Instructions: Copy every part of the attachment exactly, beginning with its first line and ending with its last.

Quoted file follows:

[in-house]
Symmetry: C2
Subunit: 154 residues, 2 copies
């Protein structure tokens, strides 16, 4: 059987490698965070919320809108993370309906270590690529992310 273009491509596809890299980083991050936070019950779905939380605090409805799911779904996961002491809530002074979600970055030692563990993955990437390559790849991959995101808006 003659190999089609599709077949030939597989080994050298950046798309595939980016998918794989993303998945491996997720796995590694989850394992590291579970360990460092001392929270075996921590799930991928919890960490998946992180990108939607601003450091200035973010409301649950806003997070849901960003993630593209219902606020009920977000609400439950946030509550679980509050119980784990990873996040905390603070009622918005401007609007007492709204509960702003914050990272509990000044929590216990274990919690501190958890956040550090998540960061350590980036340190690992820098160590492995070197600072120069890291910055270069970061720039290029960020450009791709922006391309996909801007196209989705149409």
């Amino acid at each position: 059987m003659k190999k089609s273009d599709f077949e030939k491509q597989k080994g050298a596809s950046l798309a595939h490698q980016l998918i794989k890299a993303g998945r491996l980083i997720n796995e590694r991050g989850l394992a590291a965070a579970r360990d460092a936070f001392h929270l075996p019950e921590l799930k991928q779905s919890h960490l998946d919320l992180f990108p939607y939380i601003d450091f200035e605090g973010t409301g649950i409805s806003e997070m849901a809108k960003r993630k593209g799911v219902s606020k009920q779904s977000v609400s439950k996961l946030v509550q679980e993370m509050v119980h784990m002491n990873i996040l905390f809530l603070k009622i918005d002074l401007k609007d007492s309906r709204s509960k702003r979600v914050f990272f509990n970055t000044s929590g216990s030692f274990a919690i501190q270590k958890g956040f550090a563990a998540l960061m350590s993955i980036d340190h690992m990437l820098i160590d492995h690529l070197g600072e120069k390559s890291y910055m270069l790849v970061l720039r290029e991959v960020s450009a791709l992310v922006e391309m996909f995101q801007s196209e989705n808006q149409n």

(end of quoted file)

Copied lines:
[in-house]
Symmetry: C2
Subunit: 154 residues, 2 copies
């Protein structure tokens, strides 16, 4: 059987490698965070919320809108993370309906270590690529992310 273009491509596809890299980083991050936070019950779905939380605090409805799911779904996961002491809530002074979600970055030692563990993955990437390559790849991959995101808006 003659190999089609599709077949030939597989080994050298950046798309595939980016998918794989993303998945491996997720796995590694989850394992590291579970360990460092001392929270075996921590799930991928919890960490998946992180990108939607601003450091200035973010409301649950806003997070849901960003993630593209219902606020009920977000609400439950946030509550679980509050119980784990990873996040905390603070009622918005401007609007007492709204509960702003914050990272509990000044929590216990274990919690501190958890956040550090998540960061350590980036340190690992820098160590492995070197600072120069890291910055270069970061720039290029960020450009791709922006391309996909801007196209989705149409």
């Amino acid at each position: 059987m003659k190999k089609s273009d599709f077949e030939k491509q597989k080994g050298a596809s950046l798309a595939h490698q980016l998918i794989k890299a993303g998945r491996l980083i997720n796995e590694r991050g989850l394992a590291a965070a579970r360990d460092a936070f001392h929270l075996p019950e921590l799930k991928q779905s919890h960490l998946d919320l992180f990108p939607y939380i601003d450091f200035e605090g973010t409301g649950i409805s806003e997070m849901a809108k960003r993630k593209g799911v219902s606020k009920q779904s977000v609400s439950k996961l946030v509550q679980e993370m509050v119980h784990m002491n990873i996040l905390f809530l603070k009622i918005d002074l401007k609007d007492s309906r709204s509960k702003r979600v914050f990272f509990n970055t000044s929590g216990s030692f274990a919690i501190q270590k958890g956040f550090a563990a998540l960061m350590s993955i980036d340190h690992m990437l820098i160590d492995h690529l070197g600072e120069k390559s890291y910055m270069l790849v970061l720039r290029e991959v960020s450009a791709l992310v922006e391309m996909f995101q801007s196209e989705n808006q149409n």